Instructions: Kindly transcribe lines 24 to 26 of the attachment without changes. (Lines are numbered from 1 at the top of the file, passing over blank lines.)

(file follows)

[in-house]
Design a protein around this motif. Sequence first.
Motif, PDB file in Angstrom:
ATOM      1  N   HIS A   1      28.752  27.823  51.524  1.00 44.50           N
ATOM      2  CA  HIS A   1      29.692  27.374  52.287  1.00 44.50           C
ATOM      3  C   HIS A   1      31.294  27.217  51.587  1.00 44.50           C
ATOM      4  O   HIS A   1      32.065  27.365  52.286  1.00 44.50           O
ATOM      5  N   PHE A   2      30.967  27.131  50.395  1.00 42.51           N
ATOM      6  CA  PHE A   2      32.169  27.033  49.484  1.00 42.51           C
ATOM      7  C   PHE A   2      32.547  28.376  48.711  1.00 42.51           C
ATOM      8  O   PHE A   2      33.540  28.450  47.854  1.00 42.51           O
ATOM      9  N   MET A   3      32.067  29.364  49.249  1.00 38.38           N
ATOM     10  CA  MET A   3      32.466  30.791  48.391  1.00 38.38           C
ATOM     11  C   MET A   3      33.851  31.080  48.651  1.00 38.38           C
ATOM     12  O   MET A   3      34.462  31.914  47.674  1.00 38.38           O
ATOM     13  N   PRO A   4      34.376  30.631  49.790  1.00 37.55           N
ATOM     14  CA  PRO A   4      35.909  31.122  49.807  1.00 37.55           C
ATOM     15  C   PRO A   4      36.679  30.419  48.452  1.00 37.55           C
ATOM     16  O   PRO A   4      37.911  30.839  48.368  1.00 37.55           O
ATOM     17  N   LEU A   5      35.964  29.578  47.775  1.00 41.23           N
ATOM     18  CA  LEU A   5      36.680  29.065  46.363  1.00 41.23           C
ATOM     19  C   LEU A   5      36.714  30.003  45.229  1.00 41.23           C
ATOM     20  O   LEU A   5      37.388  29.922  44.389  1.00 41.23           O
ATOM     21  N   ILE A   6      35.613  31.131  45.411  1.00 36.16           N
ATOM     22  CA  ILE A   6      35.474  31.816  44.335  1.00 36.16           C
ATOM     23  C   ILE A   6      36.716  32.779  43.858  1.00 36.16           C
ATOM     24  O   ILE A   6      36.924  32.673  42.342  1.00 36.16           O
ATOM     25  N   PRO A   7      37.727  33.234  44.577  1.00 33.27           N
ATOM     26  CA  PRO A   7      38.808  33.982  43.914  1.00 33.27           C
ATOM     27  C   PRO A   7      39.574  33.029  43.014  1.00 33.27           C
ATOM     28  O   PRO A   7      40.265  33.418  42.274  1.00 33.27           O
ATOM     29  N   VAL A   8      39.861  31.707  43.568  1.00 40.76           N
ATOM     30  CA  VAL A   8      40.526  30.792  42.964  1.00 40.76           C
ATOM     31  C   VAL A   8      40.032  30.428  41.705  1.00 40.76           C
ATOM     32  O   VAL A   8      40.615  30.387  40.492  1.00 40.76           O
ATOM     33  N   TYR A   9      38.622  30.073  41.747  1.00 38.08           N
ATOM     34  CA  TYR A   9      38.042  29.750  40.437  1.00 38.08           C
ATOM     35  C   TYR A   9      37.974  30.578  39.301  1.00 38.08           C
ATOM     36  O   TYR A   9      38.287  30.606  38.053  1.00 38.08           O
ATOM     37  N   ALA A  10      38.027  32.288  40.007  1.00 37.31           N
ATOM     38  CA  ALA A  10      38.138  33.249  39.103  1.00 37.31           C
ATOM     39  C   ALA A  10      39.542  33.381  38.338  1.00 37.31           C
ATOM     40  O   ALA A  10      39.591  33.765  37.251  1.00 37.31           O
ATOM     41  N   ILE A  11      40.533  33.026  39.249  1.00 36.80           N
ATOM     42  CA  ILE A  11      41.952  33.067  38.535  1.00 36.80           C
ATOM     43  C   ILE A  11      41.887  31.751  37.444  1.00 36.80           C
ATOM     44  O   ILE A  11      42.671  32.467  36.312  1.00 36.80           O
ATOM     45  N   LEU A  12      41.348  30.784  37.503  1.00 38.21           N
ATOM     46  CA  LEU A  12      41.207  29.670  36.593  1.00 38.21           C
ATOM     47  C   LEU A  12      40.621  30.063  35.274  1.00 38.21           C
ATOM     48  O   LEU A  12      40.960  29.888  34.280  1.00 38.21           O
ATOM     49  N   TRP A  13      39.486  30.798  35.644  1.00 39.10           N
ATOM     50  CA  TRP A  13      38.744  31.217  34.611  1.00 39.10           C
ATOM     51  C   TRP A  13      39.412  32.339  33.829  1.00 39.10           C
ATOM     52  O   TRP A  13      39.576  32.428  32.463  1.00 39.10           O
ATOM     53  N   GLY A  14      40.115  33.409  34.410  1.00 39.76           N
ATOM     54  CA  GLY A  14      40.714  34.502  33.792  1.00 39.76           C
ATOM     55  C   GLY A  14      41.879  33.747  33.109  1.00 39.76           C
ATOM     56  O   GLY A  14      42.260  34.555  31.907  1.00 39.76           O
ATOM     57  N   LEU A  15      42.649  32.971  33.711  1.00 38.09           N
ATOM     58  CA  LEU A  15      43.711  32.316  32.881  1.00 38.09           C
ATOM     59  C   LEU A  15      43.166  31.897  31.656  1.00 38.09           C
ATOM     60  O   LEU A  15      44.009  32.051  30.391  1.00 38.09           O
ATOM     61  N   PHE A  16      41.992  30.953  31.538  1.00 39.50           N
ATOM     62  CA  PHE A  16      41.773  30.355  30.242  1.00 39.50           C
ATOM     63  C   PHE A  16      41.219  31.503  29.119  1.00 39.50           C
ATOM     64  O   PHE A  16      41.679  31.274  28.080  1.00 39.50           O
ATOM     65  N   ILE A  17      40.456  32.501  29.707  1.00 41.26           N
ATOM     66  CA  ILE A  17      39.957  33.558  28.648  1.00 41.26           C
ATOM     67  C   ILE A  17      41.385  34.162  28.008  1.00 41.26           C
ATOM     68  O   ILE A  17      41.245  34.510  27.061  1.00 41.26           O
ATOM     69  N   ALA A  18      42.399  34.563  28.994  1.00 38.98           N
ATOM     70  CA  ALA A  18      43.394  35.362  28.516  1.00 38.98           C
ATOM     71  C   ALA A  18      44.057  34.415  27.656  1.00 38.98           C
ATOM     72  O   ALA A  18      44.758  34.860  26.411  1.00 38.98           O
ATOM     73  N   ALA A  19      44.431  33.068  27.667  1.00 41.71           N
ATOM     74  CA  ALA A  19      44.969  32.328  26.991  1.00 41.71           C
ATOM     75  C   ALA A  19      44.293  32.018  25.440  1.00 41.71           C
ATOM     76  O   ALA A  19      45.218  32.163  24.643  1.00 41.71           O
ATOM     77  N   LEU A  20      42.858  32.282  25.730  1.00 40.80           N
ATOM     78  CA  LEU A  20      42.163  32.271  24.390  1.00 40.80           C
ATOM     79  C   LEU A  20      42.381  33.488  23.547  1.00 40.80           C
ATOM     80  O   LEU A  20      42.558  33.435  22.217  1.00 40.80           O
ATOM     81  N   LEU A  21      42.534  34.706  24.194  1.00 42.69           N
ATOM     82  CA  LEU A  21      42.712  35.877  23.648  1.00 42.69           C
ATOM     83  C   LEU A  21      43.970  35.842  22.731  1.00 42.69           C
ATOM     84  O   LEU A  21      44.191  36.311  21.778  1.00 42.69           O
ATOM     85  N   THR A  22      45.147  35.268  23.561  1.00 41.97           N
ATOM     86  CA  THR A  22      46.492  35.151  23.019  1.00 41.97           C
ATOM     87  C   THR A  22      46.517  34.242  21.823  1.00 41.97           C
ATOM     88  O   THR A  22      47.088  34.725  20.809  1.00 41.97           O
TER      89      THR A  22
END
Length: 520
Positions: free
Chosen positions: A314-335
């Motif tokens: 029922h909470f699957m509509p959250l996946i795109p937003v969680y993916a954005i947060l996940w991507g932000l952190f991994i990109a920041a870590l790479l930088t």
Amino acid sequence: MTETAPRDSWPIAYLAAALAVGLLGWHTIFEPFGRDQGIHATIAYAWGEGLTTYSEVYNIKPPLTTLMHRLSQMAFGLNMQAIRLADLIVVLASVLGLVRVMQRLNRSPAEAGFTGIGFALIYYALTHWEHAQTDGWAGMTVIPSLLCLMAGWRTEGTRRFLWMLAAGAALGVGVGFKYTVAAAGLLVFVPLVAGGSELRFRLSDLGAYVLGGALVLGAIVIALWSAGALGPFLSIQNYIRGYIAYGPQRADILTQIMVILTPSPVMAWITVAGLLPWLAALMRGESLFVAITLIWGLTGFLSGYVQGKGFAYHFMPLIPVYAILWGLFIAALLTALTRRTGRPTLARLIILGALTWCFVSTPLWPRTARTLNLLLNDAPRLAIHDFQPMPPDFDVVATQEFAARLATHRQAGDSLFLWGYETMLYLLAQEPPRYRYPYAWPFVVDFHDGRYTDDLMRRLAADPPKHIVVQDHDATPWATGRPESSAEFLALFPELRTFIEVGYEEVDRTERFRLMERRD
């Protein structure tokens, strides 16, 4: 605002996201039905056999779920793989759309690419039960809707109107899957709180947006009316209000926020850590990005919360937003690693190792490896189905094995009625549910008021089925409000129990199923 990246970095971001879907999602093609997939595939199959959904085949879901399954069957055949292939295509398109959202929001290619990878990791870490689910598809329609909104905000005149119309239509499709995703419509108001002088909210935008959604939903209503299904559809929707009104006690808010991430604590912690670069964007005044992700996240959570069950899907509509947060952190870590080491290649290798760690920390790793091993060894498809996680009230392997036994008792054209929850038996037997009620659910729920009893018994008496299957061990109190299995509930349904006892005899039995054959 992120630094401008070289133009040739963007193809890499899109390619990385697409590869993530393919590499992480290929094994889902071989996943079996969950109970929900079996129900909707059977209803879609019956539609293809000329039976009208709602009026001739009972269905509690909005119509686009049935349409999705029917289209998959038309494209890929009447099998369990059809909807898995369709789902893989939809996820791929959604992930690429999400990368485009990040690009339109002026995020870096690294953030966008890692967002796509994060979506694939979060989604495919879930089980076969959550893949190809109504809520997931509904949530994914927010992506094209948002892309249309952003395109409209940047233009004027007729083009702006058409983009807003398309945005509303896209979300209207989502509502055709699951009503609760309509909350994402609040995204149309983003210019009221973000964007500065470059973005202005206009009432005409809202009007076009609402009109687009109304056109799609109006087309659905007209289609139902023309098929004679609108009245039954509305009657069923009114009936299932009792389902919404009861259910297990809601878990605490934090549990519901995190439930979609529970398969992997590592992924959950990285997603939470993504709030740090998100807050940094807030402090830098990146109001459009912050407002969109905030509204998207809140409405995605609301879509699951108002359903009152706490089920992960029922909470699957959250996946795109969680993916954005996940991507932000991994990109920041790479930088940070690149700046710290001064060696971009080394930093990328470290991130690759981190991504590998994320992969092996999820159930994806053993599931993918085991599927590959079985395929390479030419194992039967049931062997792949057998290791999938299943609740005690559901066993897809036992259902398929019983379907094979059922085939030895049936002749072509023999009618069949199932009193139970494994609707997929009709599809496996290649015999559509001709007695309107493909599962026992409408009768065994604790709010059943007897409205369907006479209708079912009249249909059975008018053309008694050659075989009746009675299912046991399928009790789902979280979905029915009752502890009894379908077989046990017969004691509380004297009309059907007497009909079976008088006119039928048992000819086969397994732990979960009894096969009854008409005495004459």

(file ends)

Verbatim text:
ATOM     21  N   ILE A   6      35.613  31.131  45.411  1.00 36.16           N
ATOM     22  CA  ILE A   6      35.474  31.816  44.335  1.00 36.16           C
ATOM     23  C   ILE A   6      36.716  32.779  43.858  1.00 36.16           C